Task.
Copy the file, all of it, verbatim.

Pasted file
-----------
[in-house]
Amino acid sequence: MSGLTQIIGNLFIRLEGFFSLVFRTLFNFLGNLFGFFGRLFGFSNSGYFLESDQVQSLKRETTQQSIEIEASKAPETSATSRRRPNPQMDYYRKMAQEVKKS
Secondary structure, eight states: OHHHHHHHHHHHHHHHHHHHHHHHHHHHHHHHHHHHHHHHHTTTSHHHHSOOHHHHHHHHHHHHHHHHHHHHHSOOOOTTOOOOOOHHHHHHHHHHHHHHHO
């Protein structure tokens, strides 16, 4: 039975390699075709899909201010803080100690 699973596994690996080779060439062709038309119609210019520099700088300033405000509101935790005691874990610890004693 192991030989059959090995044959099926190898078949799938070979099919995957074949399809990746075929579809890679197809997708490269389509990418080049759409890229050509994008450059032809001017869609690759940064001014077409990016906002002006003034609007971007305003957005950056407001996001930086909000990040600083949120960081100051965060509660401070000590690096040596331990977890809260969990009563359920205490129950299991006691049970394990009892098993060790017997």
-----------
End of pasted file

[in-house]
Amino acid sequence: MSGLTQIIGNLFIRLEGFFSLVFRTLFNFLGNLFGFFGRLFGFSNSGYFLESDQVQSLKRETTQQSIEIEASKAPETSATSRRRPNPQMDYYRKMAQEVKKS
Secondary structure, eight states: OHHHHHHHHHHHHHHHHHHHHHHHHHHHHHHHHHHHHHHHHTTTSHHHHSOOHHHHHHHHHHHHHHHHHHHHHSOOOOTTOOOOOOHHHHHHHHHHHHHHHO
């Protein structure tokens, strides 16, 4: 039975390699075709899909201010803080100690 699973596994690996080779060439062709038309119609210019520099700088300033405000509101935790005691874990610890004693 192991030989059959090995044959099926190898078949799938070979099919995957074949399809990746075929579809890679197809997708490269389509990418080049759409890229050509994008450059032809001017869609690759940064001014077409990016906002002006003034609007971007305003957005950056407001996001930086909000990040600083949120960081100051965060509660401070000590690096040596331990977890809260969990009563359920205490129950299991006691049970394990009892098993060790017997």